Wednesday, September 28, 2011


One of the basic purposes of public school is to create and foster good citizenship (oh, and that pesky trait called respect). In kindergarten we teach who the president is, what our flag looks like, and we learn the Pledge of Allegiance.

I'm appalled that we were given the message from the head honcho today that if you choose to show the president's address to students, you have to provide an alternate activity for students who wish not to view it.

Not okay.

Not okay!

I don't care what your political views are, when the president addresses the nation, YOU WATCH.

Monday, September 26, 2011

Sometimes it is their fault.

Working with an economically disadvantaged population, mostly comprised of other language speakers, comes with many things a teacher needs to accept with the job. For example,
  • Regular parent-teacher communication is not a given. In fact, if it happens very rarely. Many of our parents don't speak English and therefore are unable to communicate, and aren't aware of the resources available to them.
  • Many of our parents are illiterate. They didn't receive an education in their home country or the one they did receive was poor at best. It doesn't matter how many languages you translate your field trip letter in, if they can't read, they can't read.
  • Living conditions in our community can be very very poor. If your rent is very low, you can bet that the living standards are too. Backpacks often come to school with cockroaches along for the ride. Many of our kids are riddled with bed bug bites. Lice happens, but if many children share small spaces, it's hard to get rid of it.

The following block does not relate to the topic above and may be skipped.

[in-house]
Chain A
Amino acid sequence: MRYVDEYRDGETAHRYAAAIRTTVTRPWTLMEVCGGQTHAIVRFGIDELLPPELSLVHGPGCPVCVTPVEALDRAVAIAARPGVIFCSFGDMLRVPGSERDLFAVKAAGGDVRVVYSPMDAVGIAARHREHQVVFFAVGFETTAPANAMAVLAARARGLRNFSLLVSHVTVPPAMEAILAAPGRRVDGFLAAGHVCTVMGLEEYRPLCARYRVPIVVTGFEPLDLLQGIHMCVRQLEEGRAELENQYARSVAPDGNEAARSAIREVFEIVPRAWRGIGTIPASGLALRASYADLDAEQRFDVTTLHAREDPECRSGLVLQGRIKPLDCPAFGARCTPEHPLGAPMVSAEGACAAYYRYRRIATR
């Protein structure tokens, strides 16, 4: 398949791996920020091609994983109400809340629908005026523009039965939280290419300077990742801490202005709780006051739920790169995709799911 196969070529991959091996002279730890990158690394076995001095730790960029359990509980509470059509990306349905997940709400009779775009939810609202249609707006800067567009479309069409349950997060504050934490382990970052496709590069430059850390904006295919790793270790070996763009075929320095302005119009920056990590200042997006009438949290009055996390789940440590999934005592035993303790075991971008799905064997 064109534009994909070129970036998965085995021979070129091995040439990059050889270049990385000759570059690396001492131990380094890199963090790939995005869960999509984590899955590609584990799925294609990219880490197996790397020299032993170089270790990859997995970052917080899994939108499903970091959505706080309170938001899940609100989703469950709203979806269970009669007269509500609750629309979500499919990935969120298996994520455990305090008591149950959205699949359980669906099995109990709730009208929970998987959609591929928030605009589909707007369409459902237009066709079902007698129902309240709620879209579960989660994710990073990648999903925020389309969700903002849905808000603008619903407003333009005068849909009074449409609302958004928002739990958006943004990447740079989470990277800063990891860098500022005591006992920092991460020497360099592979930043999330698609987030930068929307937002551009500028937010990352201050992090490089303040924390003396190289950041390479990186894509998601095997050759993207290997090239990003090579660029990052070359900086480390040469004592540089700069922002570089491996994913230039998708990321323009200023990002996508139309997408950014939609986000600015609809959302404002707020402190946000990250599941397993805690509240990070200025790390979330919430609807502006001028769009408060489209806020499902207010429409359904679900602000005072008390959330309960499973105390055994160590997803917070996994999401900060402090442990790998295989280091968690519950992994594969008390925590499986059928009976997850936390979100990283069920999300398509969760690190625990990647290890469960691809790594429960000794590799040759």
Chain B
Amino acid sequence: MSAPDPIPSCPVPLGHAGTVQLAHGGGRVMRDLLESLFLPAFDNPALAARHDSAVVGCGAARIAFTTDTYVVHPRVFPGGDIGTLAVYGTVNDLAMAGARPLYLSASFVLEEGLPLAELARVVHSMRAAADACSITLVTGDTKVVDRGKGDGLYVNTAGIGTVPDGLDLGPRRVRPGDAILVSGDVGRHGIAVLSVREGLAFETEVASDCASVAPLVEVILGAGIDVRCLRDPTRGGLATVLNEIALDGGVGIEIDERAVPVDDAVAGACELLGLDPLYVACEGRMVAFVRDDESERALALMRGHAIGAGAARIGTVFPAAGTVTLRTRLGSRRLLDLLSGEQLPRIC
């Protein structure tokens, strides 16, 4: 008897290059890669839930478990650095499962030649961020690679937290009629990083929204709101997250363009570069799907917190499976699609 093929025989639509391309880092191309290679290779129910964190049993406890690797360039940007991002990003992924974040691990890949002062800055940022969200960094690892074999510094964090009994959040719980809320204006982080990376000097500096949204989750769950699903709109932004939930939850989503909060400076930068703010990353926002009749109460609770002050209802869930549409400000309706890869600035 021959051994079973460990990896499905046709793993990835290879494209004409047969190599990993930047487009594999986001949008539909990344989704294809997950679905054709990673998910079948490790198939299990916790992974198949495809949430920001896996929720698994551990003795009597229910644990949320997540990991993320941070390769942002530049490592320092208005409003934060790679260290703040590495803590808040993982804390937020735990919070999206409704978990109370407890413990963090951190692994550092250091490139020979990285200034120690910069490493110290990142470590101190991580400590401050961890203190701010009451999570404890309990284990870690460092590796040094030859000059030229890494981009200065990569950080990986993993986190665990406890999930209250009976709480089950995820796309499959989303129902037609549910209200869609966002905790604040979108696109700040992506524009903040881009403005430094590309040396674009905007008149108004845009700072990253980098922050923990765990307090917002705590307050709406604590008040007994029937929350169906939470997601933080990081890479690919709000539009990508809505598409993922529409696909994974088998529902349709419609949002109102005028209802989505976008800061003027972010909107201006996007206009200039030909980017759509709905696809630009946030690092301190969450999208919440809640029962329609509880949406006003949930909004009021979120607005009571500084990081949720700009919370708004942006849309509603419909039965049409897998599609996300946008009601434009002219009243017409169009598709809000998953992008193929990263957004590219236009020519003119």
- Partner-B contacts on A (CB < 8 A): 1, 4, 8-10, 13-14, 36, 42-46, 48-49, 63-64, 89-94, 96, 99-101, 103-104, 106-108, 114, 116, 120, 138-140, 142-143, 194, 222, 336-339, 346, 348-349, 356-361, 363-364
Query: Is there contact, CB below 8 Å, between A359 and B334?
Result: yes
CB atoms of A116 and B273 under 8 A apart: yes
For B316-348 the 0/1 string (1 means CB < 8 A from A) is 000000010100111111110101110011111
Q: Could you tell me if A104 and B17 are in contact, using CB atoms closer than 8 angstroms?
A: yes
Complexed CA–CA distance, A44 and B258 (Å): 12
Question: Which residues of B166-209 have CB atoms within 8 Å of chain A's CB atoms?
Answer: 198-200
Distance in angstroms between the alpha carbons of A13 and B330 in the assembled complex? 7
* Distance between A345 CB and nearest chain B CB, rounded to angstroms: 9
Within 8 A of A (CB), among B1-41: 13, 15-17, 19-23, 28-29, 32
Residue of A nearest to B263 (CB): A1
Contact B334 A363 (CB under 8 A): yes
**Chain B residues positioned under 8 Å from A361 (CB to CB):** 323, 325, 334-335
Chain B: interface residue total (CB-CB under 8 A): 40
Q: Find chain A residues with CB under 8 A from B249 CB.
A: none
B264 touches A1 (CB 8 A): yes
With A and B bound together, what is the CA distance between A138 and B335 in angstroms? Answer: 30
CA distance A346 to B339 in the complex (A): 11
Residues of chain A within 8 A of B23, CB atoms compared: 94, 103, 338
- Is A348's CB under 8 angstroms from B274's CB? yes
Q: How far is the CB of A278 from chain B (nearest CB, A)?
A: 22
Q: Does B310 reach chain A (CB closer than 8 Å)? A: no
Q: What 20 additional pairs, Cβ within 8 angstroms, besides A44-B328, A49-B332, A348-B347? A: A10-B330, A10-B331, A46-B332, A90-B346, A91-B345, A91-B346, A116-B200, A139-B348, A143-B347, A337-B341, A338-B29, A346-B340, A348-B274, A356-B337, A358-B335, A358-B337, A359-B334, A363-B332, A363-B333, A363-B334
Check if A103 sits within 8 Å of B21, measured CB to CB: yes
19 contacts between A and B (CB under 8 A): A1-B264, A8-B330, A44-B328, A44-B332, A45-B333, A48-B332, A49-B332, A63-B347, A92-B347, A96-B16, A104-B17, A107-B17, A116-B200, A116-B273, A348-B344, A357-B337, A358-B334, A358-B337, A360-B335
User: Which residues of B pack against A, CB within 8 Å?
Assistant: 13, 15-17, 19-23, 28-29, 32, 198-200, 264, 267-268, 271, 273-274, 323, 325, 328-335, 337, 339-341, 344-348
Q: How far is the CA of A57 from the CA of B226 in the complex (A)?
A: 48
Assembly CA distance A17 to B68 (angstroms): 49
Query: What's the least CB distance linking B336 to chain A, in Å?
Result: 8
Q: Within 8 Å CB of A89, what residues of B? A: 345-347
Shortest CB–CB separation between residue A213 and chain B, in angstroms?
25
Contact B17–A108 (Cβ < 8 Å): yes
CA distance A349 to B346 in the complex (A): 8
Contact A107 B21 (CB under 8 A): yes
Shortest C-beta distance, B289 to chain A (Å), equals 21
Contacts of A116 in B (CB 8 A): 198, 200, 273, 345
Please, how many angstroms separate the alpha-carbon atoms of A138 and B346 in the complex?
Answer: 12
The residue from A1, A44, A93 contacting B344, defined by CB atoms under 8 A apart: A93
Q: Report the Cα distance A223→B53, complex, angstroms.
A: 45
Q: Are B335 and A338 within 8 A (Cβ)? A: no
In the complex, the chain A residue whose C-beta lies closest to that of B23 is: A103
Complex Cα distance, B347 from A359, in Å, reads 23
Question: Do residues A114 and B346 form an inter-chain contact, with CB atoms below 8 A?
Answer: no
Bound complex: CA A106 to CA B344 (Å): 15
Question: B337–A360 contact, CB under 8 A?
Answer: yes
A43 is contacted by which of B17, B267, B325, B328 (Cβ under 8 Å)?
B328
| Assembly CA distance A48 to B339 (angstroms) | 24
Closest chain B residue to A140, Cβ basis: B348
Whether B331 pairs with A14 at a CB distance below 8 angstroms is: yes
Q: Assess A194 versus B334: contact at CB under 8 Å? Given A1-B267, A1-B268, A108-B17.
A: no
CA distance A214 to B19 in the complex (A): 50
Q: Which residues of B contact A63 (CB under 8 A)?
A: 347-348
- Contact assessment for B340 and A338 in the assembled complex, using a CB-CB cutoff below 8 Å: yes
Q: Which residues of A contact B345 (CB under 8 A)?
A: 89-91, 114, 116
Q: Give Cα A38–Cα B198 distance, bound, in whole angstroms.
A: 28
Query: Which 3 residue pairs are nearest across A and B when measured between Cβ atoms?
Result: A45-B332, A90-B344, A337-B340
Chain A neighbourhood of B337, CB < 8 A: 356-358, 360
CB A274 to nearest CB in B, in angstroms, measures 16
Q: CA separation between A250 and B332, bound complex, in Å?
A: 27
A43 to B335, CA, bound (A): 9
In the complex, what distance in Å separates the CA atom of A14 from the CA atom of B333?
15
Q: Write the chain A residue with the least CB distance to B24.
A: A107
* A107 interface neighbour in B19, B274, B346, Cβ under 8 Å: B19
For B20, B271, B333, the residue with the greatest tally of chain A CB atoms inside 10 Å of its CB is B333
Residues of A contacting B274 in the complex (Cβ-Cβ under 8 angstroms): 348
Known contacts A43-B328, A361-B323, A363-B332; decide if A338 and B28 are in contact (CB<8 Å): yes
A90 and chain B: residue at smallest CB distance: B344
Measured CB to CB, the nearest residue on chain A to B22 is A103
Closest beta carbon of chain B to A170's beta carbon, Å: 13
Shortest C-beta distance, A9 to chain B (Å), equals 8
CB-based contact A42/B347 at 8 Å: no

• Many of our kids only eat here at school and they eat for free or at a reduced price. There is no reason to begin any instruction unless you have made sure everyone has had their breakfast.
  • There are many instances throughout the day that our children are simply not available for learning because of a variety of reasons (the police came to the building in the middle of the night, the baby sibling sleeps next to the 5 year old and cried all night long, mom or dad just went to jail for immigration status, etc, etc, etc...)
I don't think any of this is our parents' or students' faults. It's their reality and it's our reality. We work with it.

What has been bothering me are a few things that I believe are the parents responsibility, no matter their economic conditions, their living situation, their work schedules, or whatever other barrier they might face. Oh, and when these things are ignored, it makes teaching very very difficult. In short, these two things have been driving me BANANAS.